Have a look at CAA2012 call for papers: http://www.southampton.ac.uk/caa2012/submissions/index.html
I’m copying here abstracts of the two sessions I’m co-organising and hope to see many great contributions in the coming days!
- The Virtuality-Reality Blender. Mediated and Mixed Reality applications in archaeology
and cultural heritage. (Session Code: HCI4 with Stuart Eve, UCL)
Virtual environments constitute the main digital platform for inquiring and disseminating aspects of the past. Yet at the beginning of the 21st century, a change of focus in research agendas and media strategies towards the physical spurred an ever-growing body of research on mediated and mixed reality (MR) environments. The fields of archaeology and cultural heritage have provided stimulating grounds for the development of enabling technologies which promise to push the boundaries of interpretation beyond solely virtual or real spaces. Whether such technologies are used as research assisting, interpretive or knowledge dissemination tools, the main idea is to enhance the environment in which the user operates with additional information. To name a few, digital audio and video, annotations and three-dimensional imagery embedded in physical spaces or gestural input in virtual environments.
Already, a significant number of collaborative projects are exploiting how the potential of mixed reality technologies and new methodologies are applied in fieldwork, interpretive archaeology, cultural heritage sites, and museums. More recently, the advancements in Information and Communication Technologies (ICT), the advent of smartphone and PC tablet devices which are equipped with more powerful operating systems have increased the development of mobile applications. In terms of Augmented Reality (AR), substantial change is also witnessed at the level of real time and dynamic generated content. Issues of sustainability and affordability of the systems are also on the agenda. Apart from the enabling technologies per se, research focuses on interaction design and visitor experience evaluations. These developments provide technological foundation for revisiting theoretical discussions about phenomenology and the perception of the environment, embodiment, and visual cognition.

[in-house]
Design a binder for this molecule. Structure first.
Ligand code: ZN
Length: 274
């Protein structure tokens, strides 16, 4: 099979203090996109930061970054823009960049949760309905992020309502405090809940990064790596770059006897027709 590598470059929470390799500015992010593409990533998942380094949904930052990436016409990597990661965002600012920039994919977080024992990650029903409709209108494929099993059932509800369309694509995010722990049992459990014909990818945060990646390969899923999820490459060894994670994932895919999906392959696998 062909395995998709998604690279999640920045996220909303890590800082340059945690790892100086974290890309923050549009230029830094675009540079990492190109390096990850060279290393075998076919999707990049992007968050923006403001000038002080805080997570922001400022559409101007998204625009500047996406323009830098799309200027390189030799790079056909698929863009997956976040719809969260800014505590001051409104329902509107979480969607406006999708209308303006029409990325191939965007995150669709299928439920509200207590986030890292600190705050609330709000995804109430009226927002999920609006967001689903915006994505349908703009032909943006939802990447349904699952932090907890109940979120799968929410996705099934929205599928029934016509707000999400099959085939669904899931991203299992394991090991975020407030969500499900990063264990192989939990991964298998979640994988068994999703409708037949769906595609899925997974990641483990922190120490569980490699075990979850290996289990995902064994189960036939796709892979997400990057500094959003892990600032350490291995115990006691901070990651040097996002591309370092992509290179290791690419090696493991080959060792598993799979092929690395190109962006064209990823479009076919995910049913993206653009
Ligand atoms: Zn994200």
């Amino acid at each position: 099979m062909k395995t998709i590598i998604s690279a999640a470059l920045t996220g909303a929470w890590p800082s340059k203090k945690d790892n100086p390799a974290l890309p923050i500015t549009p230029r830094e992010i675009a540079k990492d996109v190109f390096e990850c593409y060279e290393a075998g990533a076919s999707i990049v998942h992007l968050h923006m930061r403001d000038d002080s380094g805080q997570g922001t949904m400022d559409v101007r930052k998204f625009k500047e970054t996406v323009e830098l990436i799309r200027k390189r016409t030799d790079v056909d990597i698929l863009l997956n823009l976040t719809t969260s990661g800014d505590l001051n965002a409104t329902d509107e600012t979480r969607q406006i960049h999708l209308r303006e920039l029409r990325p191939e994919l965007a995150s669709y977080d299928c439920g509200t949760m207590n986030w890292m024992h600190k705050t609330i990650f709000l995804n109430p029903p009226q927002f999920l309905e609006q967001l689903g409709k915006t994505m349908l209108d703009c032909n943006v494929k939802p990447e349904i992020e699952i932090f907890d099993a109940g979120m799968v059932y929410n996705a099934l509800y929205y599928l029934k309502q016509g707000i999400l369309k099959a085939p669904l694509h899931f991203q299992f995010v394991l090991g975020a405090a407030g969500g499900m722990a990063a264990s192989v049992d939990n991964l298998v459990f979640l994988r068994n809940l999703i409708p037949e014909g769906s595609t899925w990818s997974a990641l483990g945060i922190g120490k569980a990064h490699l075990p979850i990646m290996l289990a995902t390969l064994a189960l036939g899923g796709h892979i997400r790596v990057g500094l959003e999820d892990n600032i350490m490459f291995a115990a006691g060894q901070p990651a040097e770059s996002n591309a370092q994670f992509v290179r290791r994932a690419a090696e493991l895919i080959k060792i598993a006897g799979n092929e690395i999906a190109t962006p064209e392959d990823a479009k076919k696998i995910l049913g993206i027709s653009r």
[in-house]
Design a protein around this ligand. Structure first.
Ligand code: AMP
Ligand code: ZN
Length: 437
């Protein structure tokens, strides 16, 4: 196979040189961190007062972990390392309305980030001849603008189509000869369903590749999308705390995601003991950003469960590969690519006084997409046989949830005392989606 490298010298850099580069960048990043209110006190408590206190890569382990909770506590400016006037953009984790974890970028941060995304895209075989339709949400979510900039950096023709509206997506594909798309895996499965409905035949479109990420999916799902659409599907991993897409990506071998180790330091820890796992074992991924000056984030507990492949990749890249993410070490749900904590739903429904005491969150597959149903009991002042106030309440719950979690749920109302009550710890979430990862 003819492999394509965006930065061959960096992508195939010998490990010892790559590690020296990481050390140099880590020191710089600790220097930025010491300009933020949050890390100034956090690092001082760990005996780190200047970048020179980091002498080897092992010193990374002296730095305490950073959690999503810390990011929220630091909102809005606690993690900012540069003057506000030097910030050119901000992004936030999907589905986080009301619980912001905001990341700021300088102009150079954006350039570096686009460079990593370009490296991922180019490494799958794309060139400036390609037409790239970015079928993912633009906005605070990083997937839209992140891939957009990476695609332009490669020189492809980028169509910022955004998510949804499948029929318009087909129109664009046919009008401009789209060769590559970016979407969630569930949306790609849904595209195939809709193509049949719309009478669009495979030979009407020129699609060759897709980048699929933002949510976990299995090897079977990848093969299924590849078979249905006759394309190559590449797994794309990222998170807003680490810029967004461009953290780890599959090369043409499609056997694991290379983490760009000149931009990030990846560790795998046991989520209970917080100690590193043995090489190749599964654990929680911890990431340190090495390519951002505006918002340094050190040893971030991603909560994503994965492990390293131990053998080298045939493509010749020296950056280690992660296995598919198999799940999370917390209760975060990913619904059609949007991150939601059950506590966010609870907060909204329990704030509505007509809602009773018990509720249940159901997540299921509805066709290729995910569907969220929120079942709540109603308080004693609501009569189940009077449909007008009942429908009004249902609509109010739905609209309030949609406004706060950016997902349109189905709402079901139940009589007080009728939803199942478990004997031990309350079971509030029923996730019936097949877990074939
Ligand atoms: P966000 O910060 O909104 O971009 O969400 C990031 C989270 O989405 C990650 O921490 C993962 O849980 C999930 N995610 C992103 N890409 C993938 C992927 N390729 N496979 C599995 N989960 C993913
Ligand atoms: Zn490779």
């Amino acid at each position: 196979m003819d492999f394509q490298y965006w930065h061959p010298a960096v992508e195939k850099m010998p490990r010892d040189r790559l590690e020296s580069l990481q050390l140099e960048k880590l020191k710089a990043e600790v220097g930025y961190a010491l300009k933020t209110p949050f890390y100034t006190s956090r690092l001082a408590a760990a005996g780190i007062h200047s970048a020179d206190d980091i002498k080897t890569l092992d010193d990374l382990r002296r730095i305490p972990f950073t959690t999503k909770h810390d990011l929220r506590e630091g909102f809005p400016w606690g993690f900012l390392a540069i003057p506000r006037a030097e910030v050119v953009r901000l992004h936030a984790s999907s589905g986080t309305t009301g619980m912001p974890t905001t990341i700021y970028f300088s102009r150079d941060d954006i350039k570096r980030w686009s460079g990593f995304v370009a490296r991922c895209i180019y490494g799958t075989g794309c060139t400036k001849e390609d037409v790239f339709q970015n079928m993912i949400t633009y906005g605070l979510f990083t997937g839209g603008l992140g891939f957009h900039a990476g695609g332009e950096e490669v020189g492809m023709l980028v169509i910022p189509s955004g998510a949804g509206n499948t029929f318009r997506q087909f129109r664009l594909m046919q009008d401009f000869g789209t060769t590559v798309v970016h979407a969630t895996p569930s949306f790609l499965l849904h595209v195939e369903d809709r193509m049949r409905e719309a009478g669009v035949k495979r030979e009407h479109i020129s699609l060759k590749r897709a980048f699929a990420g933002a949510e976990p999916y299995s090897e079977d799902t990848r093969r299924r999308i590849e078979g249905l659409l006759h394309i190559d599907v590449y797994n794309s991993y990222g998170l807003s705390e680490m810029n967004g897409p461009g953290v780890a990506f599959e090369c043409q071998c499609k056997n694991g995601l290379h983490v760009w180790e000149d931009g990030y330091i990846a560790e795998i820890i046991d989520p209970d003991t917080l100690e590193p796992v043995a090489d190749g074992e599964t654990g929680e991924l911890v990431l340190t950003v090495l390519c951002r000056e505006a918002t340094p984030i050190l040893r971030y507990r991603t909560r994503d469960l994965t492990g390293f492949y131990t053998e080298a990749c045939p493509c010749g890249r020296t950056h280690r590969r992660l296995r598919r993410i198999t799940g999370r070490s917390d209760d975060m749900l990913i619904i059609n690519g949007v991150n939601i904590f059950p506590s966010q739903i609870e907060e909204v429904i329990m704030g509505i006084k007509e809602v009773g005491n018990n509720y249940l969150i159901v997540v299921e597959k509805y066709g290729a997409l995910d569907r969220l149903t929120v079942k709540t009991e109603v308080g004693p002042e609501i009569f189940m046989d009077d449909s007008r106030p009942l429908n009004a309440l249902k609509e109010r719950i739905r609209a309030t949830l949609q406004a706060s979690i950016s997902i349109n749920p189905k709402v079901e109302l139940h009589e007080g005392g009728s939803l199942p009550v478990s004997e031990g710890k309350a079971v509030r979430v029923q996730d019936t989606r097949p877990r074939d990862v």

The purpose of this session is to assemble researchers from a variety of disciplines who currently work on mediated and mixed reality applications in archaeology and cultural heritage and initiate discussions around the affordances and limitations of such systems in our disciplines as well as the theoretical issues concerned.
- Loc(i) Motion: Current technologies and computational methodologies for exploring human movement in the past and present (Session Code: Theory6 with Patricia Murrieta Flores, Soton and Stuart Dunn, King’s College)
Human movement and mobility has always been a challenging topic in the field of archaeologyinvolving research both in past and contemporary settings- due to the static nature of material culture which usually conditions both its interpretation and reception. In addition, research on movement features in a variety of discourses pertinent to spatial perception, wayfinding and embodied experience providing thus, an ideal ground for interdisciplinary research. Mobility in past societies can be considered a scalar phenomenon whose study requires the consideration of diverse temporal and spatial scales. In order to understand how people travelled and moved during the past, it is necessary to delve into a series of theoretical and practical issues that range from the basic variables and factors that affect human movement such as physiology, perception, and social relationships, to the specific conditions of the environment in which the studied society lived. In the past decade, a wide range of computational approaches in different disciplines has been developed helping us to shed light into a variety of hypothesis related to human movement.
Similarly, current technological advances in motion capture, tracking systems and simulation techniques enable the study of human movement and the experience of moving both in real and virtual spaces; and to extrapolate from one to the other. This has unlocked a variety of new territories for research and practice-led work which informs the computer-mediated fields of heritage such as site and visitor management, fieldwork, serious games in cultural heritage, museology and visitor experience studies. It also allows us to (re) consider some of the assumptions that lie behind the capture and presentation of 3D imagery of archaeological features and environments.
The purpose of this session is to bring together the various technologies and computational methodologies used by archaeologists and other specialists that explore past and present human movement. We also welcome papers that examine potential lines of collaboration on this topic between a diversity of fields like physiology, psychology, archaeology, heritage management, design and computer science.